What’s Up With Land Prices?

October 27, 2008 by LandThink 

In Upstate, SC land prices are still up…and will probably stay there.

There appears to be little impetus driving sellers to reduce prices despite weak demand for certain types of land. To the contrary unstable stock prices will drive land values higher as investors become convinced that land offers more security.

Why are land sellers holding their ground while house sellers sink?

Much has to do with the underlying mortgage…or lack of one. Hardly any of our current land listings are mortgaged. On the other hand, the entire housing meltdown is attributable to bad lending practices and mortgage pressure on homeowners.

Even mortgaged land differs substantially. Banks have always been conservative when it comes to land loans with 60% to 75% loan to value being the norm. Without political pressure on lenders to make everyone a landowner, credit qualifications were valid and borrowers actually paid a down payment along with closing costs. In short, most of the people financing land are monetarily committed to the deal.

There are many types of land and a few are currently down. Commercial sites and high-density development sites may be stagnant for quite some time. The development market flourished while being driven by ambitious developers and a huge demand for building lots. Quite a few of these developers are now holding overvalued tracts with an accompanying debt load. When you factor in huge increases to infrastructure costs due to asphalt, pipe, concrete and storm-water control, it will be difficult to justify building out these projects anytime soon …even if there were builders wanting to buy the lots.

Recreational and timberland tracts are in demand… if you can find someone willing to sell at a fair price. The timber industry controlled much of this type land until divestitures began taking place over the past several years. This move took thousands of acres out of availability for public hunting and private hunting leases. These tracts, particularly ones with merchantable timber, are great investments that outperform even a good stock market. Ponds, lakes and river frontage further add to the value of recreational land. If you are paying a timber value, confirm that value by employing the services of a qualified forestry consultant who will conduct a “timber cruise”.

Security and privacy is on everyone’s mind and private, gated communities in the country are popular. To comply with county regulations and in some cases qualify for agricultural use, these type developments usually contain parcels in the five acre and up range. Many are complete with amenities such as equestrian facilities, common areas and walking trails. A local project we are releasing within the next month has only 25 owners sharing the use of nearly 300 acres.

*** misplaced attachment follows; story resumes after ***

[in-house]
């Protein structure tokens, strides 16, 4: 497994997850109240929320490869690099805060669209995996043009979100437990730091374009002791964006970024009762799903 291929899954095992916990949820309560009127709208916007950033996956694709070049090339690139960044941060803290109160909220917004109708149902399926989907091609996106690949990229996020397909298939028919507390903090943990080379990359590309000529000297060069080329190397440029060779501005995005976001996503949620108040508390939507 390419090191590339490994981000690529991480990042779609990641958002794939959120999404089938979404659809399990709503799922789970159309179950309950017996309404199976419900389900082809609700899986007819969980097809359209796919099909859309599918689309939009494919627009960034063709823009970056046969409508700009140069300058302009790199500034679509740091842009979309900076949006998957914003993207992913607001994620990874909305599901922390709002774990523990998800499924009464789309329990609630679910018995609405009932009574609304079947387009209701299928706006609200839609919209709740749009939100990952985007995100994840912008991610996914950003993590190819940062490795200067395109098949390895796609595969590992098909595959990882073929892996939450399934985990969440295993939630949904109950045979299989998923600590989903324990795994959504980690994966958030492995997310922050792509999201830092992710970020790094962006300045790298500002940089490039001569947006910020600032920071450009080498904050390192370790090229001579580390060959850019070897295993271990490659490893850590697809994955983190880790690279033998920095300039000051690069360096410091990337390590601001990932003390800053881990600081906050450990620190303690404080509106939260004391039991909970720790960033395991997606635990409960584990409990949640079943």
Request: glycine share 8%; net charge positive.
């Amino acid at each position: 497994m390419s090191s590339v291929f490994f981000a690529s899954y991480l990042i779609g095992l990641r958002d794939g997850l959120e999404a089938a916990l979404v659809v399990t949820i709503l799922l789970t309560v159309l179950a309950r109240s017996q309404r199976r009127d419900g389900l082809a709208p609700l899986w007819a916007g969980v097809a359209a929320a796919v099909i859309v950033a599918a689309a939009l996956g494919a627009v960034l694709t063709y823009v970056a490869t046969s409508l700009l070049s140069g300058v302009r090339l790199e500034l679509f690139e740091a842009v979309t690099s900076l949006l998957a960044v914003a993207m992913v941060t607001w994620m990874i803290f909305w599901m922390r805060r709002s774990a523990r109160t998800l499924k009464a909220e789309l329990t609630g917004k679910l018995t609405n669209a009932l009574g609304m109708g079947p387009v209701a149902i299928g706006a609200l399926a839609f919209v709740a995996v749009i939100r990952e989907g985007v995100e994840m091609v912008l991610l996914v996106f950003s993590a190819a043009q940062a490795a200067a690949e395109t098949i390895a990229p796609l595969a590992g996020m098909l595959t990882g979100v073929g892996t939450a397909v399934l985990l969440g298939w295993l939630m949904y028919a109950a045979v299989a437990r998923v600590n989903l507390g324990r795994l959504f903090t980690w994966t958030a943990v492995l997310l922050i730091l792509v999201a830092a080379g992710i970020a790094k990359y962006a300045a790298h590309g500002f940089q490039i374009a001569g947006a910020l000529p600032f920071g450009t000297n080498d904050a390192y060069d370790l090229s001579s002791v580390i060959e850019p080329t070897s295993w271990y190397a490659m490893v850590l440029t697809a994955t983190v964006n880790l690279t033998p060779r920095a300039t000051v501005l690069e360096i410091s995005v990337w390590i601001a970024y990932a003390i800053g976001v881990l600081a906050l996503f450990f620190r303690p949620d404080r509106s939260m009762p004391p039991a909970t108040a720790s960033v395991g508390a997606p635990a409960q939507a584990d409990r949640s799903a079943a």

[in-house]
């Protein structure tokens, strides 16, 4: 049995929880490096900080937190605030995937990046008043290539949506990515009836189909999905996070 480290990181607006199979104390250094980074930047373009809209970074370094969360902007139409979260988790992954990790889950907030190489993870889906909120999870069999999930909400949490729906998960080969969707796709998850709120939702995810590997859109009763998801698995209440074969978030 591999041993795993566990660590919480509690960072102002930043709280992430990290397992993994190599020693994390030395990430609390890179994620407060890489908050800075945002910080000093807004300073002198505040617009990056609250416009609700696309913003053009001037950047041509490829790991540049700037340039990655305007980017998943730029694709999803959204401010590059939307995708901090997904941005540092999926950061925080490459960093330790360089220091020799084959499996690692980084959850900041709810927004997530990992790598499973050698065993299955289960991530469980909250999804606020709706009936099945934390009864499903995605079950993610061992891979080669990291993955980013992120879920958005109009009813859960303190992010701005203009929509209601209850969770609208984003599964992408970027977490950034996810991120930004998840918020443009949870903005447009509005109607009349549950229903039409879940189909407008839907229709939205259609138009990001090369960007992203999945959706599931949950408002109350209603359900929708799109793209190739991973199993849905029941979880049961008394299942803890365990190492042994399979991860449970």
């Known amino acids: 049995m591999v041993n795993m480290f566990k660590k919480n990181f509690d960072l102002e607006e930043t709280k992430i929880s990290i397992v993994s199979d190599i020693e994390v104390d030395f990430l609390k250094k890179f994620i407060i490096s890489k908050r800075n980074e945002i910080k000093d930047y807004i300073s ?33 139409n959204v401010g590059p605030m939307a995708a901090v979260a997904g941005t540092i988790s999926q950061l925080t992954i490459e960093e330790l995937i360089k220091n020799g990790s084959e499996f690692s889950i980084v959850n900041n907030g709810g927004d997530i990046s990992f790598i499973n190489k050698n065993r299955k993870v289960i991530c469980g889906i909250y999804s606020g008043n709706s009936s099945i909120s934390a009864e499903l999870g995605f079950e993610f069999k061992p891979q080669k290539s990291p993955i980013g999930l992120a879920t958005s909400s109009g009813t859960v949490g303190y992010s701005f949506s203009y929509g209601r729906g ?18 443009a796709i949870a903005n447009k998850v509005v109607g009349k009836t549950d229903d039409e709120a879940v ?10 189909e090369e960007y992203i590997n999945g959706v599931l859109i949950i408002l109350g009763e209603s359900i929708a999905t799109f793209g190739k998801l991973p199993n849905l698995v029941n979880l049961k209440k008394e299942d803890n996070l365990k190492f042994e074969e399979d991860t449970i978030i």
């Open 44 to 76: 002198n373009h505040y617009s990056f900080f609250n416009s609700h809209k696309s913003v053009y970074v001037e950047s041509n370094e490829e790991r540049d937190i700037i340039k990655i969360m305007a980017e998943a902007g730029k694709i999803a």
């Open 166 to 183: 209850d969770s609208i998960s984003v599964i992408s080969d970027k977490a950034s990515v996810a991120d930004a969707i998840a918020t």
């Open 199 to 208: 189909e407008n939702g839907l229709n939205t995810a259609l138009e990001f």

Estate tracts in the ten and up acre range will continue to be in demand. We “baby boomers” all want our place in the country and these sites are gradually becoming scarce. Eye appeal is critical as these purchases are often spontaneous. Check applicable regulations for maintaining agricultural use property tax exemptions. Occasionally buying an extra acre can mean the difference between $15.00 per year in property taxes and $1,500.00 per year.

Are you serious about selling your land in today’s market?

If you are a serious seller there are a few things you can do that will immediately set your property apart from much of the competition. The first thing is have an accurate survey and know exactly what you are trying to sell. Next, increase the aesthetic appeal by rotor mowing and clearing out roadbeds. Take care of areas that are showing neglect. You don’t want the buyer to factor in clean-up expense. If you are leasing hunting rights, put the lessee on notice that the property is on the market and to expect visitors. Likewise, advise your broker to stay out during early morning and late afternoon. Hunters and prospective buyers are a bad mix.

To bring an optimum price, land must physically appeal to a buyer and be easily accessible. Fall and early winter offer your best chance to prepare land for marketing. Always be mindful of the fact that land is bought with discretionary income and no one is compelled to buy it.

Consider financing the sale. Banks are tight and many buyers prefer not to tie up lines of credit. Owner financing was popular at one time and I see it coming back. Interest returns are usually better than savings accounts and offering financing will help you obtain a higher price. Make sure the buyer is financially committed and have your attorney either prepare the buyers note and mortgage or at least review it.

Employ the services of a qualified land broker. Just as there are vast differences between the housing market and the land market, there are vast differences in land specialists and residential real estate agents. Seek out a specialist, such as an Accredited Land Consultant, accredited by the Realtors Land Institute, a branch of the National Association of Realtors.